𝗪𝗵𝗮𝘁 𝗶𝘀 𝗡𝗘𝗚𝗔𝗧𝗜𝗩𝗘 𝗘𝗔𝗦𝗘? 𝘞𝘩𝘺 𝘸𝘦 𝘶𝘴𝘦 𝘪𝘵 𝘰𝘯 𝘴𝘸𝘪𝘮𝘸𝘦𝘢𝘳.
Ease is the difference between your real measurements and the pattern piece, or fabric piece when cut. The difference between your measurement and the finished garment.
I first heard about this concept with Stuart Andersson, and it was a fundamental moment for me to learn more about this concept.
You can find lots of sources online, explaining the concept and I really liked the video from Anika from Made to Sew where she explored the concept for non stretch fabrics.
The mail goal for using ease is to make the garment fit you comfortably for any fabric type.
Let's say you have these measurements:
Now, imagine you want to make a dress pattern with a pencil skirt style bottom and are doing so with 100% cotton fabrics. Do you believe you could do this by just adding seam allowances to your measurements and design it? Of course not. You would have to increase the measurement around your body (horizontally), making it so hat the dress would fit you. This would be adding positive ease to your measurements so that the non stretch cotton would comfortably fit you.
The percentage of how much you increase the measurements depends:
1 - On de fitting desired (more or less form fitting)
2 - On the fabric (stretch or not and with stretch percentage)
3 - On you personal taste (so you can feel comfortable)
Let's work with an example:
If my bust is 102cm and I'm designing a non stretch top, I will increase the ease (positive ease) with 5% witch means 102cm plus 5%= 107,10cm (example).
If I were to do the same, but applying negative ease, I would calculate: 102 minus 12% Negative ease = 89.76cm. This would be the case with stretch fabrics.
When we, at Bikini Design Club design swimwear patterns we calculate according to each design and pattern the correspondent negative ease. When designing swimwear, and since the fabric stretches, we always apply negative ease.
We do so by reducing a certain percentage when we design the patterns, so when they are finished, they stretch and fit you nicely. This is different for reversibles and non reversibles and that's why we always recommend you follow the pattern instructions.
With this concept explained it turns quite obvious why a reversible swimsuit is very different from a non reversible and why the design for each type should be different regarding ease. 2 Layers of swimwear fabric stretch less than one layer of swimwear fabric and one layer of lining.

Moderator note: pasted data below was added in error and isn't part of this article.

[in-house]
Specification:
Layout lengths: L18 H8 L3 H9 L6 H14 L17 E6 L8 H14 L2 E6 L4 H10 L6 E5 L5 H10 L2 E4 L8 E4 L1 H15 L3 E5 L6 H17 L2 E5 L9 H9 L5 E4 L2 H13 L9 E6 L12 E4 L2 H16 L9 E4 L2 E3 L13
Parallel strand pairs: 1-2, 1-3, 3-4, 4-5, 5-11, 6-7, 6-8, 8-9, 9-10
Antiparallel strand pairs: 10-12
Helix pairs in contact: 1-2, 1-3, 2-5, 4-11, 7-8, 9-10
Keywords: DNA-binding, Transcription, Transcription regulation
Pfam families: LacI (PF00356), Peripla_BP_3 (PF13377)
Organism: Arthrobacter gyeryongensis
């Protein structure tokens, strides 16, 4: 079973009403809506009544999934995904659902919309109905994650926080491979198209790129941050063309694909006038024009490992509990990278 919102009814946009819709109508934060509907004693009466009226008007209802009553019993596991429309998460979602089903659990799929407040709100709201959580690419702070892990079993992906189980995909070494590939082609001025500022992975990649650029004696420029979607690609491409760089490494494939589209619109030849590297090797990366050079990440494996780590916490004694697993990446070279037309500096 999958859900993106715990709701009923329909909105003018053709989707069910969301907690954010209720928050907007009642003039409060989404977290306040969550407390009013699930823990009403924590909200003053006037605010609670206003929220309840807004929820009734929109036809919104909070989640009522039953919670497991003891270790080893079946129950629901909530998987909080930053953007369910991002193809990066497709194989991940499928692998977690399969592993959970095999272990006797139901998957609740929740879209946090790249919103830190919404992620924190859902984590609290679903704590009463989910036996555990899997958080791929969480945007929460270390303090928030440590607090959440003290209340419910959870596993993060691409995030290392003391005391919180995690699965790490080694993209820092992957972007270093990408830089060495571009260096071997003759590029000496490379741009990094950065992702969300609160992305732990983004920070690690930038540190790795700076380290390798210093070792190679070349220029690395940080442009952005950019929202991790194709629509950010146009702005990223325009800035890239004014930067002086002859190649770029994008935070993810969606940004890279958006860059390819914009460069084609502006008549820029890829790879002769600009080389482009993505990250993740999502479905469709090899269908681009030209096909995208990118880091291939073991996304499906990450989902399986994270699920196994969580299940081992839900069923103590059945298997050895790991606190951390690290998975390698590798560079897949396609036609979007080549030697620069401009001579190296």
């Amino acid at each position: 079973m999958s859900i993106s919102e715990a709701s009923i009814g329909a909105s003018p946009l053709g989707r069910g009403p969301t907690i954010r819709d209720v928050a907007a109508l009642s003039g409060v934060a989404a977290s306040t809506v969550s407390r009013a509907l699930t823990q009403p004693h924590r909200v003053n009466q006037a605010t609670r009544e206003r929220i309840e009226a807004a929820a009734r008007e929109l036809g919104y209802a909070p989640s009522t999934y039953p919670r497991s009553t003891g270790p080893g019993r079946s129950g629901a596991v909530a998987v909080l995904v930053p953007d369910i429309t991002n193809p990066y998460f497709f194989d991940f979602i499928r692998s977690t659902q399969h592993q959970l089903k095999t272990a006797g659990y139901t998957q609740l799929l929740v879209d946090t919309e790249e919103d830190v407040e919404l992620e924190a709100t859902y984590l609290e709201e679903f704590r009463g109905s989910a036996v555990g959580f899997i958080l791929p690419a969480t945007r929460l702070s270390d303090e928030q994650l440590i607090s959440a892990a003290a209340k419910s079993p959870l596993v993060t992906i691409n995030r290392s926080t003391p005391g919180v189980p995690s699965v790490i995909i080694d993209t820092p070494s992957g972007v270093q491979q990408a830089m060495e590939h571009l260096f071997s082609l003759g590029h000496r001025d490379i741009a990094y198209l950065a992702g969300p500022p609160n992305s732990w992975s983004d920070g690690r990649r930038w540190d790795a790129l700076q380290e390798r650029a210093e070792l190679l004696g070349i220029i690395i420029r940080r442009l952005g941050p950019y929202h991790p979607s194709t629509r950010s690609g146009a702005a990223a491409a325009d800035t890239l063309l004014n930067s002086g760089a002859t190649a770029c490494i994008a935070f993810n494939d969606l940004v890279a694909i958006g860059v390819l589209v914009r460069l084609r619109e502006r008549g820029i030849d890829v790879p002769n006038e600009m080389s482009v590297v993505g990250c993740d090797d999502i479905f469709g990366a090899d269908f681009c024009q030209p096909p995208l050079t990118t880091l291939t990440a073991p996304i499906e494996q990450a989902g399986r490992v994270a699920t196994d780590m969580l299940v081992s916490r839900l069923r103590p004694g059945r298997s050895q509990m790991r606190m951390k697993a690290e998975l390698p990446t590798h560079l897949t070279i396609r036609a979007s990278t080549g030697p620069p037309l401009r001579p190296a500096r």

Off course you can still do sew tops and bottoms with your Prefered method and not respecting the design feature and designer intentions regarding being reversible or not, but if you do this for a Swimsuit, you'll be able to confirm that it's really not the same and the design needs adjustments.
A non reversible swimsuit made with 2 main fabrics will fit you smaller then intended and will probably roll over...
If you're wondering about the vertical ease, well, vertical ease is generally zero% since the greater shape differences are on horizontal measurements like bust and hips. Of course you can adjust a pattern to fit a specific Torso if your measurements are very different than the average.
For us at Bikini Design Club, designing Swimwear patterns has been a long journey. Despite we started recently and with no design or fashion background, it was always obvious that we wanted to learn has much as possible to be able to provide the best patterns we could and so we've dedicated many hours searching for knowledge that would able us to provide nice fitting patterns on our store.
Hope this post was an easy and simple way to inform about what's Negative ease so from now on you can make informed choices on the patterns you sew.
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